It is this quality of devotion that we most honor in our veterans - those who have served, do serve and will serve.

On behalf of a grateful family of 96,000, thank you for your service.

Humbly,

Oscar

United named a top workplace for veterans

By The Hub team , November 10, 2019

Each year around Veterans Day, Indeed, one of the world's largest job search engines, rates companies based on actual employee reviews to identify which ones offer the best opportunities and benefits for current and former U.S. military members. Our dramatic improvement in the rankings this year reflects a stronger commitment than ever before to actively recruiting, developing and nurturing veteran talent.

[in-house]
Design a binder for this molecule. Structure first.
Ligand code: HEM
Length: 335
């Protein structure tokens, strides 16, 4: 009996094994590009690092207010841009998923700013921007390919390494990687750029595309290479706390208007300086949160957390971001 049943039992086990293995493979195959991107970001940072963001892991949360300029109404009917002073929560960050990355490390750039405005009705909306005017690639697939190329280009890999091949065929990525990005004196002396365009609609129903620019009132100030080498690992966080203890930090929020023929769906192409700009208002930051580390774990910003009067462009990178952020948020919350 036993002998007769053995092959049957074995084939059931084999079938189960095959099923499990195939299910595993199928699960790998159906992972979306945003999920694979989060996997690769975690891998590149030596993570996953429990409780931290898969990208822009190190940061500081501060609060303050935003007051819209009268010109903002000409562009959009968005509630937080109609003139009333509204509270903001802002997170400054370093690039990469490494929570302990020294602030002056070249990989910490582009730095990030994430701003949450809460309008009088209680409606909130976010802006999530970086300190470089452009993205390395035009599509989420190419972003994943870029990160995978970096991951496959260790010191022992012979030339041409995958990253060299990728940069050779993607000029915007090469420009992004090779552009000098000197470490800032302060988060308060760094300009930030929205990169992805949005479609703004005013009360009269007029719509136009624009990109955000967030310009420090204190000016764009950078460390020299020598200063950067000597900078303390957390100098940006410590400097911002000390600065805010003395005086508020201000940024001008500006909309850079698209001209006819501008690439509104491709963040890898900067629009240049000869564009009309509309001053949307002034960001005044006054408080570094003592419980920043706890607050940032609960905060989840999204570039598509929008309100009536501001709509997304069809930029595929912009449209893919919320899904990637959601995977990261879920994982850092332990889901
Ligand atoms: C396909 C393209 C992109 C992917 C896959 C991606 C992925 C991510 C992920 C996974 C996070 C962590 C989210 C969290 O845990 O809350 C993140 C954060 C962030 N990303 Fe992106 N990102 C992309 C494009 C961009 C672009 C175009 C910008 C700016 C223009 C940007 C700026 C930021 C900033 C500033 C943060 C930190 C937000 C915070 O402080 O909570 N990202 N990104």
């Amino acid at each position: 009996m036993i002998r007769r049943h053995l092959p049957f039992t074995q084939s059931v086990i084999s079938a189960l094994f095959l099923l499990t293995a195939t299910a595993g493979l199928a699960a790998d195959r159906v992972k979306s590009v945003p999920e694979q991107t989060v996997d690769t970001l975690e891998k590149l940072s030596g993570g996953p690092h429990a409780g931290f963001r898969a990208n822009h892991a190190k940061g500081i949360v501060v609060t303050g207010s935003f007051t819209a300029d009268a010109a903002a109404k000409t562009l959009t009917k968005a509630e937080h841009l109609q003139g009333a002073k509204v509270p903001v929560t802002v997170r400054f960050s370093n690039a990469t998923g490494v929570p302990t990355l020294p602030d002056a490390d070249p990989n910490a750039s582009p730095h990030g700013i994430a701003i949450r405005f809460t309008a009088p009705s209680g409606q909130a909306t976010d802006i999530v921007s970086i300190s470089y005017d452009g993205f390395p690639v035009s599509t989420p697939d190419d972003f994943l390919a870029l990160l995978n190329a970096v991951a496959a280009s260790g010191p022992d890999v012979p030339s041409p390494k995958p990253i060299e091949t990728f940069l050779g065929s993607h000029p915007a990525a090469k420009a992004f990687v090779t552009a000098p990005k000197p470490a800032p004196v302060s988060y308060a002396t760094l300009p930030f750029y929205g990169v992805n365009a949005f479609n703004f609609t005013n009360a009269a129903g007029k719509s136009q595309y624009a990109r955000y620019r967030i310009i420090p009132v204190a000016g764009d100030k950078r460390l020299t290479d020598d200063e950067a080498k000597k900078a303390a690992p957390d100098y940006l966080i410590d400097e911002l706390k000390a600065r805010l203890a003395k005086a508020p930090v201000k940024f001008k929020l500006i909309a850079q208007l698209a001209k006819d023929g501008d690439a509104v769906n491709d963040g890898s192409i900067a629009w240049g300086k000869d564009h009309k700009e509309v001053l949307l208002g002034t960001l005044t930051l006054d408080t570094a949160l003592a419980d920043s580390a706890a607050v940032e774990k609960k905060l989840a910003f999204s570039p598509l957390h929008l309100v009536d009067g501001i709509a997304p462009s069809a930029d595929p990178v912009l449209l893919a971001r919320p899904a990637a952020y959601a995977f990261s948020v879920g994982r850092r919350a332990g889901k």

"We've spent a lot of time over the past 12 months looking for ways to better connect with our employees who served and attract new employees from the military ranks," said Global Catering Operations and Logistics Managing Director Ryan Melby, a U.S. Army veteran and the president of our United for Veterans business resource group.

"Our group is launching a mentorship program, for instance, where we'll assign existing employee-veterans to work with new hires who come to us from the armed forces. Having a friend and an ally like that, someone who can help you translate the skills you picked up in the military to what we do as a civilian company, is invaluable. That initiative is still in its infancy, but I'm really optimistic about what it can do for United and for our veteran population here."

Impressively, we were the only one of our industry peers to move up on the list, further evidence that we're on a good track as a company.